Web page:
Adding the hummus to yogurt makes this a wonderful sauce to spoon over a flavorful ground lamb dish.

I halved the recipe because I just will never use up 12 servings. I know everyone is Lady GaGa over hummus, but in this house it's just OK. The Nudge is not a dip person and I have thrown away more opened containers then I want to think about.

This is the reason I wanted to try this recipe. Maybe I can get him to put a dollop on a lamb burger, or nestled aside a perfectly grilled lamb chop.

Maybe the next time I ask him if he would like a spicy dip with pita chips, he will say sure and if that does happen, I could even overlook that bedtime snack if, on that bread, was this hummus.

Roasted Red Pepper Hummus
Makes 12 servings

* 2 large sweet red pepper
* 2 cans (15 ounces each) garbanzo beans or chickpeas, rinsed and drained
* 1/3 cup lemon juice
* 3 tablespoons tahini
* 1 tablespoon olive oil
* 2 garlic cloves, peeled
* 1-1/4 teaspoons salt
* 1 teaspoon curry powder
* 1/2 teaspoon ground coriander
* 1/2 teaspoon ground cumin
* 1/2 teaspoon pepper
* Pita bread, warmed and cut into wedges, and reduced-fat wheat snack crackers

1. Broil red peppers 4 in. from the heat until skins blister, about 5 minutes. With tongs, rotate peppers a quarter turn. Broil and rotate until all sides are blistered and blackened. Immediately place peppers in a bowl; cover and let stand for 15-20 minutes.
2. Peel off and discard charred skin. Remove stems and seeds. Place the peppers in a food processor. Add the beans, lemon juice, tahini, oil, garlic and seasonings; cover and process until blended.
3. Transfer to a serving bowl. Serve with pita bread and crackers. Garnish with additional beans if desired. Yield: 3 cups.

Nutritional Facts 1/4 cup (calculated without pita bread, crackers or additional beans:
113 calories
5g fat (1 g saturated fat)
0 cholesterol
339mg sodium
14g carbohydrate
4g fiber
4g protein

Diabetic Exchanges: 1 starch, 1 fat.

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August 2, 2012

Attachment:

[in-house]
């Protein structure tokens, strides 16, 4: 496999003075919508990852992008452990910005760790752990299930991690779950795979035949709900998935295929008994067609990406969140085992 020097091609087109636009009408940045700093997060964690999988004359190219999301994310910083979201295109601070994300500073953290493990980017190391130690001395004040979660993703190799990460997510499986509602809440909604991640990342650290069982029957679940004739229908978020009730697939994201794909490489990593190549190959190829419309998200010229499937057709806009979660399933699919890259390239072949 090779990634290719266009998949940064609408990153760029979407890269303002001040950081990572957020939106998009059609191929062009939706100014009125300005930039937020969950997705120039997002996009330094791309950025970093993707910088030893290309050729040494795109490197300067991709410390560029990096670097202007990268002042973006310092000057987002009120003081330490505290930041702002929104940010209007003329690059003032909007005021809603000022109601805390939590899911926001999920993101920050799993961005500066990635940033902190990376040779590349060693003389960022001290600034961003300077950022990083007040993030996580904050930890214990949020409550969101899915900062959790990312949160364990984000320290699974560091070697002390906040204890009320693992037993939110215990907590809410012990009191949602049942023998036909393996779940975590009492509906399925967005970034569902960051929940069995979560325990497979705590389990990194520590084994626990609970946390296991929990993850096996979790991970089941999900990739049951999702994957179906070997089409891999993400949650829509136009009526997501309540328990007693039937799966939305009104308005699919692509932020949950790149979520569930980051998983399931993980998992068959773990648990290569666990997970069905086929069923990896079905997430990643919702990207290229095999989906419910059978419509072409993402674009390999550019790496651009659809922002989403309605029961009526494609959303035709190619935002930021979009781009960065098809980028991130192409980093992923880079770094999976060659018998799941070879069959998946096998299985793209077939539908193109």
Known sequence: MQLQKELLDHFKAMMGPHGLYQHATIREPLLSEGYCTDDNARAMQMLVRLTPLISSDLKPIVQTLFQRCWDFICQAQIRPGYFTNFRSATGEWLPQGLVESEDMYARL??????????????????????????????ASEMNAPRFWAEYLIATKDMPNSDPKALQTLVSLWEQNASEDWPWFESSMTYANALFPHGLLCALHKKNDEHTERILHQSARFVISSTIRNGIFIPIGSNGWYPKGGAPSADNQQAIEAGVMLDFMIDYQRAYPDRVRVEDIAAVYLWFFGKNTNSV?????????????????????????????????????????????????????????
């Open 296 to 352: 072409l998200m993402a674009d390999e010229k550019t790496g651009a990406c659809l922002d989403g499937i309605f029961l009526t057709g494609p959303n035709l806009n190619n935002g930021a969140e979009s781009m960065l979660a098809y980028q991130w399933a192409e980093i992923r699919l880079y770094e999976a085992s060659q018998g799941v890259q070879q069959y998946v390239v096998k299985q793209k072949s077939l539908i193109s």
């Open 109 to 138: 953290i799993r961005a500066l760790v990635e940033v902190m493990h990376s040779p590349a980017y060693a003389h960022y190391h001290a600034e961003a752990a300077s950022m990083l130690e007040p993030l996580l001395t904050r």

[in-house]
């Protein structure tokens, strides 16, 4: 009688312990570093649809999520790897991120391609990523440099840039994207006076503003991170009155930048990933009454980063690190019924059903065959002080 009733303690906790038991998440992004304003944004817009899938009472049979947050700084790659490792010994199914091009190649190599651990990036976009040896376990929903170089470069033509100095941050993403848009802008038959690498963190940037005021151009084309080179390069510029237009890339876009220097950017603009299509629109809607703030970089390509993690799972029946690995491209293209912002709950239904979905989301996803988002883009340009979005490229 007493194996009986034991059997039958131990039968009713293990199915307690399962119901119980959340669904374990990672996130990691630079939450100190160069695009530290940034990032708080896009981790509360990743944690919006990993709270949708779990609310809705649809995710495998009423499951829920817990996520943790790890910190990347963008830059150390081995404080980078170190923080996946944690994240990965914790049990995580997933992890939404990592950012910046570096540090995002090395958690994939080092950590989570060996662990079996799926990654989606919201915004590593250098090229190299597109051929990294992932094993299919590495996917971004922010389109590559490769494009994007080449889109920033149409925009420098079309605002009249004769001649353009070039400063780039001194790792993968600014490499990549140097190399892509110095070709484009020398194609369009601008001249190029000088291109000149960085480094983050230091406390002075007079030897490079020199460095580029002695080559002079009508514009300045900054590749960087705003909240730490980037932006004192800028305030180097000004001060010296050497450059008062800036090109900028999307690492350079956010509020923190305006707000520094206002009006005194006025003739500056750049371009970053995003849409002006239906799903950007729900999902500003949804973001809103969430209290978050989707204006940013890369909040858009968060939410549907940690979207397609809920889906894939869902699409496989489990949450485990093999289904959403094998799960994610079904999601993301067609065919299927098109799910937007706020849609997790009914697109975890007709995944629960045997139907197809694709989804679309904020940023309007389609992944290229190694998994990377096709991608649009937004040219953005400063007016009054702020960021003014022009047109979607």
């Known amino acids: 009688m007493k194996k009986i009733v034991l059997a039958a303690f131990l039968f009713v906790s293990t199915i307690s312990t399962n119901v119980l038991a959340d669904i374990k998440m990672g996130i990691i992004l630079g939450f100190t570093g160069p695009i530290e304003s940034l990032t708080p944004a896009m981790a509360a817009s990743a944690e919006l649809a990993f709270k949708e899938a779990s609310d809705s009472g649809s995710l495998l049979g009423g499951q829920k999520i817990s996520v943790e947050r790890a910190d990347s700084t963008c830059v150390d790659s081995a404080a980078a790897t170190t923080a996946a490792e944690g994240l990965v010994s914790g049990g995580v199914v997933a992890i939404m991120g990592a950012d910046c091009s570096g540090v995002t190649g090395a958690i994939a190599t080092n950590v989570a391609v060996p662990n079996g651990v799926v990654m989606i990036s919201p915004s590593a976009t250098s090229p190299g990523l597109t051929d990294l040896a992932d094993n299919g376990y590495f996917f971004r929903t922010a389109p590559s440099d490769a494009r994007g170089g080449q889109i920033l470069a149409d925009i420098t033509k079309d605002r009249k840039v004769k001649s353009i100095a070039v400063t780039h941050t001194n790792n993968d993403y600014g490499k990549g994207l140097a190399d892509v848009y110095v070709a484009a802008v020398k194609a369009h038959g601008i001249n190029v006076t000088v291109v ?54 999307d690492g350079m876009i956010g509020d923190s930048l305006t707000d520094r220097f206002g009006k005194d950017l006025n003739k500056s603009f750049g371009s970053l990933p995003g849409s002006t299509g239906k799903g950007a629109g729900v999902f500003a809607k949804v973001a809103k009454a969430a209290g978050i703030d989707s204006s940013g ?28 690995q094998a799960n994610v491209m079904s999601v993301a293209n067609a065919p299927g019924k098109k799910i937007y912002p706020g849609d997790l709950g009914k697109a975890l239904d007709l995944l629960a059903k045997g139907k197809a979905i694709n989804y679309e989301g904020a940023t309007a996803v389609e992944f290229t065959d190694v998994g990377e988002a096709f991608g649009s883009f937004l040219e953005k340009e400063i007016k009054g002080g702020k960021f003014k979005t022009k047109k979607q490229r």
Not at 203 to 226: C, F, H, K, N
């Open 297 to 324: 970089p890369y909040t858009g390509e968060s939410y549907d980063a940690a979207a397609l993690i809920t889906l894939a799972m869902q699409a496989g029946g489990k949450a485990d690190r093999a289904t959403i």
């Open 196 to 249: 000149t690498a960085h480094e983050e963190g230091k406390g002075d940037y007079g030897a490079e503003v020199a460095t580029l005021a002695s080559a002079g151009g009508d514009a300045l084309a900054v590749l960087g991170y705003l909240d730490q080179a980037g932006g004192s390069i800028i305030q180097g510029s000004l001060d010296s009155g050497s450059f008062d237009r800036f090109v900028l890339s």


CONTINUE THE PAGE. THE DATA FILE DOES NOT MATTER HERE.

Balsamic Ketchup

This sauce rocks.

Yes, ketchup is a sauce and with our focus on vinegar-based sauces this first week, it fits right in.

You need a good Balsamic Vinegar, preferably the glaze. It's naturally sweeter so it tames the acidity of the roasted tomatoes, a perfect pair.

Not all that hard to do, you need two very important things.

Three hours and really ripe tomatoes, about 1".
I used Campari tomatoes but if you can get good, meaty small Romas, use them.

Cut 2 pounds of tomatoes into quarters and on a wire rack set into a sheet pan, place the tomato quarters and bake for three hours in a 325° oven.

Mine were done in two hours because I used smaller tomatoes then what was called for.

Run them through a processor with the herbs and seasonings and press through a fine sieve. Makes enough ketchup for 4 burgers.

I know that the next time I do this I will make 3 batches, it's that good.

We used this on our Buffalo Parmesan Hamburgers, recipe here.

Balsamic Ketchup
makes 16 tablespoons

* 1 tablespoon extra-virgin olive oil
* 3/8 teaspoon kosher salt, divided
* 2 pounds small tomatoes, quartered
* 3 tablespoons chopped fresh basil
* 2 teaspoons balsamic vinegar
* 1/2 teaspoon sugar
* 1/4 teaspoon ground red pepper

1. Preheat oven to 325°.
2. Combine oil, 1/4 teaspoon salt, and tomatoes in a large bowl; toss gently to coat. Arrange tomatoes, skin side down, on a wire rack set inside a jelly-roll pan. Bake at 325° for 3 hours. Cool slightly; peel. Discard peels.
3. Combine tomatoes, remaining 1/8 teaspoon salt, basil, and remaining ingredients in a food processor; process until smooth.

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August 1, 2012

Vietnamese Dipping Sauce

Keeping with the vinegar theme (and with the healthy theme), I introduce you to a very flavorful Vietnamese Dipping Sauce. This 5 minute sauce is delightfully refreshing and the perfect accompaniment to grilled foods, whether it be vegetables, seafood or pork.

In this instance, it was paired with a marinaded grilled pork tenderloin. I could see this as a marinade for vegetables that would be a great garnish for a cold meat sandwich.

Delicious indeed.

If you want to switch the sugar out for agave or Truvia (my new favorite sugar sub) make sure to start with less, as the subs are all VERY sweet.

I cut in some mint for color as well as flavor but basil would be an excellent substitution.

You can find the pork recipe on my sister site, here.

Vietnamese Dipping Sauce
makes 4 servings

* 1/3 cup grated carrot
* 2 tablespoons sugar
* 1/4 cup fresh lemon juice
* 1/4 cup rice vinegar
* 1 teaspoon minced garlic
* 1 Thai or serrano chile, thinly sliced and divided
* 1 teaspoon shopped mint or basil

Place all ingredients in a bowl and let it sit so the flavors can meld.
Serve room temp.